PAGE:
Smartphones, once the great hope of the techno-utopians, now having reached a state of virtual ubiquity, are finding themselves displaced in the hearts of marketeers by the beautifully vague nonsense that is the “Internet of Things”. An early example of the hype around this is Google’s recent purchase of thermostat and smoke alarm maker Nest for $3.2bn. What could Google possibly be thinking?
Nest products certainly do look good, but like all things with large software components they are prone to subtle failures. Recently it emerged that errors in the installation process allow the thermostat to function correctly, except when it gets really damn cold outside. And they also make a smoke alarm that connects to the internet.
Don’t get me wrong — someone has to move on this first, but this is to home automation and that nebulous Internet of Things what early CD-ROM multimedia experiences are to the modern web, or less generously what Symbian was to our post-iPhone existence.
Yes, some of it might impress those you’re trying to impress, but we all kind of know it’s a bit useless, time consuming, overpriced, and begging to be replaced by something a bit more viable in the long term. Google are no idiots though, and clearly consider that first mover advantage to be worth $3.2bn.
Aside from reliability, what should really bother us about the vision of the Internet of Things that’s being propagated is that implicitly all these things are connected to cloud services, currently run by the manufacturers of the gadgets in question, which has a few nasty consequences. All the data about the gadget finds itself in the cloud, and thus in easy reach of any nefarious types, governments or otherwise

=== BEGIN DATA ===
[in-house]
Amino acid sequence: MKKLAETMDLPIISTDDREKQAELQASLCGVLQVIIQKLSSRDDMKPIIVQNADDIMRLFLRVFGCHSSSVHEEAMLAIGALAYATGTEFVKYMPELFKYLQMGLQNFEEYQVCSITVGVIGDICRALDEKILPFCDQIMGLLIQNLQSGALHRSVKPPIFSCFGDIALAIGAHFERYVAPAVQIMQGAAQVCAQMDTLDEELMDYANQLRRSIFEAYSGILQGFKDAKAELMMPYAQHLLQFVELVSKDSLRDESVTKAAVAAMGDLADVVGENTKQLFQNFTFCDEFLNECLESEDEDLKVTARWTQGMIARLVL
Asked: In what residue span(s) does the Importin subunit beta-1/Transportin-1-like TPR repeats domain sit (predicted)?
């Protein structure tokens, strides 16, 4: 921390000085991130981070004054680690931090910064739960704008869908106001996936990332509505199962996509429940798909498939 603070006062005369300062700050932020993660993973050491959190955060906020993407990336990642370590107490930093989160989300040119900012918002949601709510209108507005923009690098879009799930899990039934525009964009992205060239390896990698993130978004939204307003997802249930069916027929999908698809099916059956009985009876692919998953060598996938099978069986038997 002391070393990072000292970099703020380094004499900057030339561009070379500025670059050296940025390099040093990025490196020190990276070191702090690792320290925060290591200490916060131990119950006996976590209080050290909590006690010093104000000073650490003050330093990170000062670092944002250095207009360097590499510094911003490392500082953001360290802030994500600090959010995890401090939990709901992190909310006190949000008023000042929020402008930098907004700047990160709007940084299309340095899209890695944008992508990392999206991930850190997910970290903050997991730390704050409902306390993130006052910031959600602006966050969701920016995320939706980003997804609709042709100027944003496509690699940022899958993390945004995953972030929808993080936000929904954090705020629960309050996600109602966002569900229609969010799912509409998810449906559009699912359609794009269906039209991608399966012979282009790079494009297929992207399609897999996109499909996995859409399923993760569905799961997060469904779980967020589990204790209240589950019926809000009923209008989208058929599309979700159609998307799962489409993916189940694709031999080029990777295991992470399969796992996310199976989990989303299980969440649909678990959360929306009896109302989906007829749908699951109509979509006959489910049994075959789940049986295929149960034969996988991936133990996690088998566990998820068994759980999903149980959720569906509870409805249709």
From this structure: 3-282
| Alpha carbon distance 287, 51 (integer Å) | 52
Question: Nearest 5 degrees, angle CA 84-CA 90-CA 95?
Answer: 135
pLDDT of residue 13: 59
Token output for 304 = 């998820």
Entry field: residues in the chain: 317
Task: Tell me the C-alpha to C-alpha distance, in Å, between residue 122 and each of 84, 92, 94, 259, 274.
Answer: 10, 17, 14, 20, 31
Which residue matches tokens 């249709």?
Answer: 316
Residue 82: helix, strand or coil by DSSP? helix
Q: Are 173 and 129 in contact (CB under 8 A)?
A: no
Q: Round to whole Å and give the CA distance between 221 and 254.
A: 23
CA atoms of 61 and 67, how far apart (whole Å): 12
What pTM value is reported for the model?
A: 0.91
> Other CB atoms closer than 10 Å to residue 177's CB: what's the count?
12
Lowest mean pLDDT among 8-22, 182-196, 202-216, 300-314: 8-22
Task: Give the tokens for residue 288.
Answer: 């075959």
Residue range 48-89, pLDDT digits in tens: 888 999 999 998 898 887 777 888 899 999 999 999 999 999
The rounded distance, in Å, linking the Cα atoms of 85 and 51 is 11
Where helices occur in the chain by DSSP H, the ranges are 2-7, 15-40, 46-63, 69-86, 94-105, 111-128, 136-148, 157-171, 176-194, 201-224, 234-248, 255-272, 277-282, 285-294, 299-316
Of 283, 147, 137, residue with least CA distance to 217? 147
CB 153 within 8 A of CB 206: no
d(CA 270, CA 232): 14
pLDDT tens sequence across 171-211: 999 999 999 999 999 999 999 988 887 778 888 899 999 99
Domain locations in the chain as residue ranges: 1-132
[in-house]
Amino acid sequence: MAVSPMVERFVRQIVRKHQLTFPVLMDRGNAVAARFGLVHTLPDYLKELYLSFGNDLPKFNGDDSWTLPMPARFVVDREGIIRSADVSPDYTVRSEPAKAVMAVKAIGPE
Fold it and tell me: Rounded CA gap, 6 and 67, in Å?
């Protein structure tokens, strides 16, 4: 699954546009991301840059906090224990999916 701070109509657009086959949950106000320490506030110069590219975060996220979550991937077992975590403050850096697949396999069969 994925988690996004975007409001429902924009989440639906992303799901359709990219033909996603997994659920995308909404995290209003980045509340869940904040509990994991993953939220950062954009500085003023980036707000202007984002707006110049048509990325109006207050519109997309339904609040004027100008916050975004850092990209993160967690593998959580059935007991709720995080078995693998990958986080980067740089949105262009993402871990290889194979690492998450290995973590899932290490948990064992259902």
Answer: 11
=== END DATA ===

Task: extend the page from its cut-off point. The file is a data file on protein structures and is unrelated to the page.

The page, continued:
This isn’t simply a one way thing — altering thermostats remotely is something the Stasi would have loved to be able to do as part of their making people think they’re going mad program. NSA revelations that exes within the agency abused their positions (unofficially known as LOVEINT) would also take on a whole new level of fear if said ex could control practically everything in the house. Additionally the current proprietary nature of these devices means they don’t play well together. There aren’t yet enough vendors in the market for this to shake out properly, but being stuck buying all your home automation gadgetry from a single source is not something that’s going to work.
It’s no accident the people most excited by this are those selling the infrastructure. Cisco (makers of network routing equipment) see it as a way to sell more routers. Intel see it as a way to sell more servers. Cellphone operators see it as a way to sell more data usage. Google see it as a way to get more data into their systems and more to control via Google Now. None of this is really of any interest to the end user at all. Exactly like the emergence of the World Wide Web eclipsing the at the time vastly more sophisticated but less interesting world of CD-ROM, we won’t witness the true era of non-marketing speak Intenet of Things until someone does away with the cloud and big data aspects of it, and cuts to the core of what end users, that ultimately pay for this stuff, really want.
Nigel Birkenshaw runs Atomirex Technologies.
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